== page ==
“It’s not my intent to put out disinformation,” Sanborn says. “I’m a benevolent cryptographer.” Some think otherwise, and Sanborn occasionally receives messages from people enraged that he knows the secret and they don’t. “It’s the fact that I have some sort of power,” he says. “You get stalkers. I don’t know how they get my cell numbers and everything off the Internet, but they do. People have called me and said pretty terrible things. There are some who say I’m an agent of Satan because I have a secret I won’t tell.”
Though Sanborn’s usual practice is to stay in the background, every so often he feels obliged to comment. In 2005, he refuted author Dan Brown’s claim that the “WW” in the plaintext of K3 could be inverted to “MM,” implying Mary Magdalene. (Brown included pieces of Kryptos on the book jacket of The Da Vinci Code and has hinted that his next novel will draw on the CIA sculpture, a prospect that deeply annoys Sanborn.)
Intentional or not, Sanborn’s comments (or lack thereof) seem to generate an added layer of confusion. Even a straightforward question, like who besides him knows the solution, opens up new wormholes. The official story is that Sanborn shared the answer with only one person, the CIA director at the time, William Webster. Indeed, the decoded K3 text reads in part, “Who knows the exact location only ww.” Sanborn has confirmed that these letters refer to Webster (not Mary Magdalene). And in 1999, Webster himself told The New York Times that the solution was “philosophical and obscure.”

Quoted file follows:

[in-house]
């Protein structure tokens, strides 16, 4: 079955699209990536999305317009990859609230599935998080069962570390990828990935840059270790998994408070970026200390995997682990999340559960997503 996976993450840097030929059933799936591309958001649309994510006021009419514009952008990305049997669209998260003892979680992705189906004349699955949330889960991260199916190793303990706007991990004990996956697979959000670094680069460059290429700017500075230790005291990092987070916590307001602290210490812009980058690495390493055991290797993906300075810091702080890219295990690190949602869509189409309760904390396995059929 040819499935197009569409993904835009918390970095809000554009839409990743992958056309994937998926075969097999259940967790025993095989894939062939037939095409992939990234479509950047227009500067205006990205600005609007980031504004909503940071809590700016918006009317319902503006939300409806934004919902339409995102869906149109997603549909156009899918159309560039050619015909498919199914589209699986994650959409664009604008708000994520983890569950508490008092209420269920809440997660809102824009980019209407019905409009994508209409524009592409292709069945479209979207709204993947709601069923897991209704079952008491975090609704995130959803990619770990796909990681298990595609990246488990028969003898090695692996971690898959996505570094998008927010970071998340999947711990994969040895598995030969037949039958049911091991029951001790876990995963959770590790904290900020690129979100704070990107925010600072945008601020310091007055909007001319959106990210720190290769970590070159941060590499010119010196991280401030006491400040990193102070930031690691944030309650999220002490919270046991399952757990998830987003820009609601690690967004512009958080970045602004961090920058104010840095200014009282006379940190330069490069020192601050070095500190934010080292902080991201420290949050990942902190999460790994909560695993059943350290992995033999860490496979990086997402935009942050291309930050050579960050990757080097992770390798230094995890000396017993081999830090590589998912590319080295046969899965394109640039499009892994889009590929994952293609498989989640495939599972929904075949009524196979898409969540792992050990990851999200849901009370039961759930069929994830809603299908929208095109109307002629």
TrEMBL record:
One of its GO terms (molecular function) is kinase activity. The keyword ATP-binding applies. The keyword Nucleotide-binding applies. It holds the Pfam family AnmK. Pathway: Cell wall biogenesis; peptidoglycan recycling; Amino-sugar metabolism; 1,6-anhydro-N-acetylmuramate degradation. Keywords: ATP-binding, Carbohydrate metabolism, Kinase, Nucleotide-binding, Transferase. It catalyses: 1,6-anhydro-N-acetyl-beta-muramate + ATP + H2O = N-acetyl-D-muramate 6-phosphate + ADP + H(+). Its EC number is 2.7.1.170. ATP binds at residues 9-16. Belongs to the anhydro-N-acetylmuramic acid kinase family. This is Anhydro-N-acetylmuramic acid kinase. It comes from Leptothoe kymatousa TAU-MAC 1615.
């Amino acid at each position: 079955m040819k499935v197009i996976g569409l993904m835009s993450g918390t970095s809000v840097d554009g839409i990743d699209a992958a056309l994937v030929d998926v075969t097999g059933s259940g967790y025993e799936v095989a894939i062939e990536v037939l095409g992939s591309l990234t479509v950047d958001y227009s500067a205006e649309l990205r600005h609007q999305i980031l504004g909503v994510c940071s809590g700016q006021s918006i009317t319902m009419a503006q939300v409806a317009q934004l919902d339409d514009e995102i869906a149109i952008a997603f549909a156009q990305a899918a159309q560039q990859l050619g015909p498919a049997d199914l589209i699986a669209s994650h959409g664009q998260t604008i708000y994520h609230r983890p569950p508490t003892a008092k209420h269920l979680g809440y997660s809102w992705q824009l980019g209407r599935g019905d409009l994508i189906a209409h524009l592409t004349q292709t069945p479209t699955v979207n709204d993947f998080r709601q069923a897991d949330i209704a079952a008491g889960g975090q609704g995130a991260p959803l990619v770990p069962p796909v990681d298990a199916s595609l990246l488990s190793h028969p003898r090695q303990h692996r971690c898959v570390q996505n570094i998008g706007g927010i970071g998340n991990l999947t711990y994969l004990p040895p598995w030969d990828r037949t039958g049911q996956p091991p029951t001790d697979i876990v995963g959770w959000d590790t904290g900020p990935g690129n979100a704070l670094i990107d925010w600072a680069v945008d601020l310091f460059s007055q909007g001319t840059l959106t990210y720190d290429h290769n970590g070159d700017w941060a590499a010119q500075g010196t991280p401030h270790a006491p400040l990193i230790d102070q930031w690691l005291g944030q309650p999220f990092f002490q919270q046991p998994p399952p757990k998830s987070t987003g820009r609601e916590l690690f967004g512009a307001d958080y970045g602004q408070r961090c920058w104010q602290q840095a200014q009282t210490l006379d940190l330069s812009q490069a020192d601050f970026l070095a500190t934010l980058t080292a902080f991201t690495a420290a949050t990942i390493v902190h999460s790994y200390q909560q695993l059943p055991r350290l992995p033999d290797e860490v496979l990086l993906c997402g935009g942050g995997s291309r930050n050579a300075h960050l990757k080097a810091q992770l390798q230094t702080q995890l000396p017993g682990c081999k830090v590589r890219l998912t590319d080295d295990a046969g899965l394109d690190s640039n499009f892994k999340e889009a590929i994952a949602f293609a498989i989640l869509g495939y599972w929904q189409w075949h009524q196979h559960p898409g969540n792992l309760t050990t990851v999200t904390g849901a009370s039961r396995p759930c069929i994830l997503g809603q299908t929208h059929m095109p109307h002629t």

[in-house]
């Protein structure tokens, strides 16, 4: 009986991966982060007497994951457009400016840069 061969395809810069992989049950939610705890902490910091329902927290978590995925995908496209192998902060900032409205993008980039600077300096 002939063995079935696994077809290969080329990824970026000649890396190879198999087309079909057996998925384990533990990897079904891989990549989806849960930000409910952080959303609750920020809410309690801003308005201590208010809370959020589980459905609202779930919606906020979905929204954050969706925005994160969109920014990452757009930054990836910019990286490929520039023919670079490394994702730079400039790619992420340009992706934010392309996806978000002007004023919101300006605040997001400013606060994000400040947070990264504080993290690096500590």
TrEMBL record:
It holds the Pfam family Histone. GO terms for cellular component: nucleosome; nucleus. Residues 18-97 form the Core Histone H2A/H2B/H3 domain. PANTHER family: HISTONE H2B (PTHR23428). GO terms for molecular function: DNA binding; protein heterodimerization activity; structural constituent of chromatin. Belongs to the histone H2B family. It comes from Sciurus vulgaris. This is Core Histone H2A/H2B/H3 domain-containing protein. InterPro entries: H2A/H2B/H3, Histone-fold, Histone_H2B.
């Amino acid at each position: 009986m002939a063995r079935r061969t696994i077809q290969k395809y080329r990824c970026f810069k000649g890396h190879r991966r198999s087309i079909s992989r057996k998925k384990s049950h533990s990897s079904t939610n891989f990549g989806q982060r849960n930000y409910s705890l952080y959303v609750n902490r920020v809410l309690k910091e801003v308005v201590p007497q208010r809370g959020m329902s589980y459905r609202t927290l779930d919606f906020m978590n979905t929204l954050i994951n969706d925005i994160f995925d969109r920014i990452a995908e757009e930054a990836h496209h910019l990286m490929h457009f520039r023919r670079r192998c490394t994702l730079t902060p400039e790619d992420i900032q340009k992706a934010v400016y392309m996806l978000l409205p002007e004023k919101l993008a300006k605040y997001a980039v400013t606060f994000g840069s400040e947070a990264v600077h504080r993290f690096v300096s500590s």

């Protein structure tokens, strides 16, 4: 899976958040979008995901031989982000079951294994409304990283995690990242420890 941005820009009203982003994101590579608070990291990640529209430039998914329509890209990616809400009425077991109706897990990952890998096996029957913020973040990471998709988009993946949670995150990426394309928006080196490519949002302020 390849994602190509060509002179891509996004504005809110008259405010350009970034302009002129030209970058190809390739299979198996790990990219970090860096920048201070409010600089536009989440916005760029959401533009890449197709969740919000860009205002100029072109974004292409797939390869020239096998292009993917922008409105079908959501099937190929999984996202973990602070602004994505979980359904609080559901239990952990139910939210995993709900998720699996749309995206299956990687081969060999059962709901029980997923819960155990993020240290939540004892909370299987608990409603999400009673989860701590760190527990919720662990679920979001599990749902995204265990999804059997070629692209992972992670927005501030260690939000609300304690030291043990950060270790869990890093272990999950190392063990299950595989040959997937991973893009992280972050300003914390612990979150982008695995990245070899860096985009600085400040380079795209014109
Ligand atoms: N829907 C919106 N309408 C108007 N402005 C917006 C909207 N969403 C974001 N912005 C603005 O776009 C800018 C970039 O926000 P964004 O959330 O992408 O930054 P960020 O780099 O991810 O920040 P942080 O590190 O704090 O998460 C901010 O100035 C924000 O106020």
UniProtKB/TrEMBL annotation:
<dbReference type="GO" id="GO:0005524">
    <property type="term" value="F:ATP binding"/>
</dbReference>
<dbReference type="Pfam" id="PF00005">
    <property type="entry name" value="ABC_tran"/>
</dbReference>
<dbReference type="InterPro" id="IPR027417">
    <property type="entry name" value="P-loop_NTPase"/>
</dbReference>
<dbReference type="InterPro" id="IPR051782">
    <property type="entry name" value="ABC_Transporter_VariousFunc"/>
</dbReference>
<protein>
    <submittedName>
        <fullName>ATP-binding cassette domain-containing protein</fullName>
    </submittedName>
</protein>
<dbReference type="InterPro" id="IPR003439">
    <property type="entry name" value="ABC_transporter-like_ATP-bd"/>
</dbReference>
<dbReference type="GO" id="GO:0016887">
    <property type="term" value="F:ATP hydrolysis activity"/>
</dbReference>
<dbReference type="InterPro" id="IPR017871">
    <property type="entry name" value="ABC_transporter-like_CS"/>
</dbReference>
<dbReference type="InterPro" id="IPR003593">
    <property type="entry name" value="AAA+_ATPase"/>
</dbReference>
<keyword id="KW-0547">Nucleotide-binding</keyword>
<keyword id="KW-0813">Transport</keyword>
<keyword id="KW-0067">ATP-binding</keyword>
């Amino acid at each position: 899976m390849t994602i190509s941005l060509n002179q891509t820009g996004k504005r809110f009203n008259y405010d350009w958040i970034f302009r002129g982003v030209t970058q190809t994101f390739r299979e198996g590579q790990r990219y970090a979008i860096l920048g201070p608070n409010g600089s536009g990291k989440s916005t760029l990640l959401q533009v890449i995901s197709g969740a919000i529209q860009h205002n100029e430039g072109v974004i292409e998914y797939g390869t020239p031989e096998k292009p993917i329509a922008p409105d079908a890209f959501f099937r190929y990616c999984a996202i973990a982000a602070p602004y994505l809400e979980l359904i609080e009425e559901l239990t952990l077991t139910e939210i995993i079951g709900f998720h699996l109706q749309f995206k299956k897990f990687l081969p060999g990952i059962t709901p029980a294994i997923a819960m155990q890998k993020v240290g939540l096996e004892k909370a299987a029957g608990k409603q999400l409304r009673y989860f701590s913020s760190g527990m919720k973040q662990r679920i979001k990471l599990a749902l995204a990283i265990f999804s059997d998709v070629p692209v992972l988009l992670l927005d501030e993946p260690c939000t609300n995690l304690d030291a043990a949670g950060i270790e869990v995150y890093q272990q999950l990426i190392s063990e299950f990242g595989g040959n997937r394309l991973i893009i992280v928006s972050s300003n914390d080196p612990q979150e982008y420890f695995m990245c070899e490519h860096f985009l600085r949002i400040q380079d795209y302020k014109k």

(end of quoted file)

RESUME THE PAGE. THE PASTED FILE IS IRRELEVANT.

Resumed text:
But Sanborn also claims that the envelope he gave Webster didn’t contain the complete answer. “Nobody has it all,” he says. “I tricked them.”
So, Webster really doesn’t know?
“No,” says Sanborn, who has taken measures to ensure that someone will be able to confirm a successful solution even after he dies. He adds that even he doesn’t know the exact solution anymore. “If somebody tried to torture me, I couldn’t tell them,” he says. “I haven’t looked at the plaintext of K4 in a long time, and I don’t have a very good memory, so I don’t really know what it says.” What does the CIA make of all this? “When it comes to the solution,” says spokesperson Marie Harf, “those who need to know, know.”
If anyone manages to solve the last cipher, that won’t end the hunt for the ultimate truth about Kryptos. “There may be more to the puzzle than what you see,” Scheidt says. “Just because you broke it doesn’t mean you have the answer.” All of this leads one to ask: Is there a solution? Sanborn insists there is—but he would be just as happy if no one ever discovered it. “In some ways, I’d rather die knowing it wasn’t cracked,” he says. “Once an artwork loses its mystery, it’s lost a lot.”
The day I visited Kryptos, a rare snowstorm in Virginia had blanketed the courtyard in white. I circled the sculpture carefully, marveling at the way the colors and texture of the surrounding landscape affected the panels, as some character strings became highlighted in white and other phrases shimmered, reflecting the dull light bouncing off the windows. I examined all the pieces, brushing aside the snow to uncover the Morse code and the compass rose. It was like unearthing hieroglyphs in some ancient ruin. Agents and bureaucrats shuffled past, deep in thought, clutching cups of coffee from the onsite Starbucks. In their midst, Jim Sanborn’s statement in copper, wood, and granite remains, proof that even in the house of spies, some truths may never be found.